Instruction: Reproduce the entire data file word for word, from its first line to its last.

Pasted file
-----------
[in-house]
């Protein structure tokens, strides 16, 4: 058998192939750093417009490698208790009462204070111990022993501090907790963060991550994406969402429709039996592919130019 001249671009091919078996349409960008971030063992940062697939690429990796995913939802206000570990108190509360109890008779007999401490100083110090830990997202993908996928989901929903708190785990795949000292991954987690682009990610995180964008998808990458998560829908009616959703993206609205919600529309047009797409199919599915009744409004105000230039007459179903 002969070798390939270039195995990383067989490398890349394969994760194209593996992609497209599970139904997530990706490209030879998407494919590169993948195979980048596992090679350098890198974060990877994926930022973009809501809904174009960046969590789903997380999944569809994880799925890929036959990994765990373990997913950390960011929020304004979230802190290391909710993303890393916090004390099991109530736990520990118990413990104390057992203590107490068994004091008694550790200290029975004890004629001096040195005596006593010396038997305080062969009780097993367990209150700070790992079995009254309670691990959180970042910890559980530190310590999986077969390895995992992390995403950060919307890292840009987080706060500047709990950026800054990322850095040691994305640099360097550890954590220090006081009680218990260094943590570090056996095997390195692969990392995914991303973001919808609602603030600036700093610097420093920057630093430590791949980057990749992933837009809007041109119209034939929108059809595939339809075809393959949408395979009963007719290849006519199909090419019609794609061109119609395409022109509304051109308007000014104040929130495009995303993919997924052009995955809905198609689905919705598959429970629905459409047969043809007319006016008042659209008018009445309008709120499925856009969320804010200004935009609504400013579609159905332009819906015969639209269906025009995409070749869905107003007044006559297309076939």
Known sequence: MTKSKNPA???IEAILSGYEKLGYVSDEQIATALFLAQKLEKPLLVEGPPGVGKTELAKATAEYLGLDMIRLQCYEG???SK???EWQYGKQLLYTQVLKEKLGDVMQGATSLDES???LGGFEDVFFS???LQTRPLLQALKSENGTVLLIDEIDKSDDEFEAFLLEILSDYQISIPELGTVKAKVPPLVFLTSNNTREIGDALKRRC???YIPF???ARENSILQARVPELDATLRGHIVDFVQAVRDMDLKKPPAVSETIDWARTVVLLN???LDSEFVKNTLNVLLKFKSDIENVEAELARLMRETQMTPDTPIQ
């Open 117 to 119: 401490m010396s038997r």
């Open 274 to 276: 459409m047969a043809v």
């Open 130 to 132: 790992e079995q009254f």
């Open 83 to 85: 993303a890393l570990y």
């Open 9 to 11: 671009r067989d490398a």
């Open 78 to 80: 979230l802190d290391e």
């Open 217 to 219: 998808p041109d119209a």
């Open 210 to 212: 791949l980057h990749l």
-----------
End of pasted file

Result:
[in-house]
């Protein structure tokens, strides 16, 4: 058998192939750093417009490698208790009462204070111990022993501090907790963060991550994406969402429709039996592919130019 001249671009091919078996349409960008971030063992940062697939690429990796995913939802206000570990108190509360109890008779007999401490100083110090830990997202993908996928989901929903708190785990795949000292991954987690682009990610995180964008998808990458998560829908009616959703993206609205919600529309047009797409199919599915009744409004105000230039007459179903 002969070798390939270039195995990383067989490398890349394969994760194209593996992609497209599970139904997530990706490209030879998407494919590169993948195979980048596992090679350098890198974060990877994926930022973009809501809904174009960046969590789903997380999944569809994880799925890929036959990994765990373990997913950390960011929020304004979230802190290391909710993303890393916090004390099991109530736990520990118990413990104390057992203590107490068994004091008694550790200290029975004890004629001096040195005596006593010396038997305080062969009780097993367990209150700070790992079995009254309670691990959180970042910890559980530190310590999986077969390895995992992390995403950060919307890292840009987080706060500047709990950026800054990322850095040691994305640099360097550890954590220090006081009680218990260094943590570090056996095997390195692969990392995914991303973001919808609602603030600036700093610097420093920057630093430590791949980057990749992933837009809007041109119209034939929108059809595939339809075809393959949408395979009963007719290849006519199909090419019609794609061109119609395409022109509304051109308007000014104040929130495009995303993919997924052009995955809905198609689905919705598959429970629905459409047969043809007319006016008042659209008018009445309008709120499925856009969320804010200004935009609504400013579609159905332009819906015969639209269906025009995409070749869905107003007044006559297309076939």
Known sequence: MTKSKNPA???IEAILSGYEKLGYVSDEQIATALFLAQKLEKPLLVEGPPGVGKTELAKATAEYLGLDMIRLQCYEG???SK???EWQYGKQLLYTQVLKEKLGDVMQGATSLDES???LGGFEDVFFS???LQTRPLLQALKSENGTVLLIDEIDKSDDEFEAFLLEILSDYQISIPELGTVKAKVPPLVFLTSNNTREIGDALKRRC???YIPF???ARENSILQARVPELDATLRGHIVDFVQAVRDMDLKKPPAVSETIDWARTVVLLN???LDSEFVKNTLNVLLKFKSDIENVEAELARLMRETQMTPDTPIQ
């Open 117 to 119: 401490m010396s038997r």
């Open 274 to 276: 459409m047969a043809v």
């Open 130 to 132: 790992e079995q009254f």
């Open 83 to 85: 993303a890393l570990y």
């Open 9 to 11: 671009r067989d490398a």
């Open 78 to 80: 979230l802190d290391e």
């Open 217 to 219: 998808p041109d119209a």
């Open 210 to 212: 791949l980057h990749l």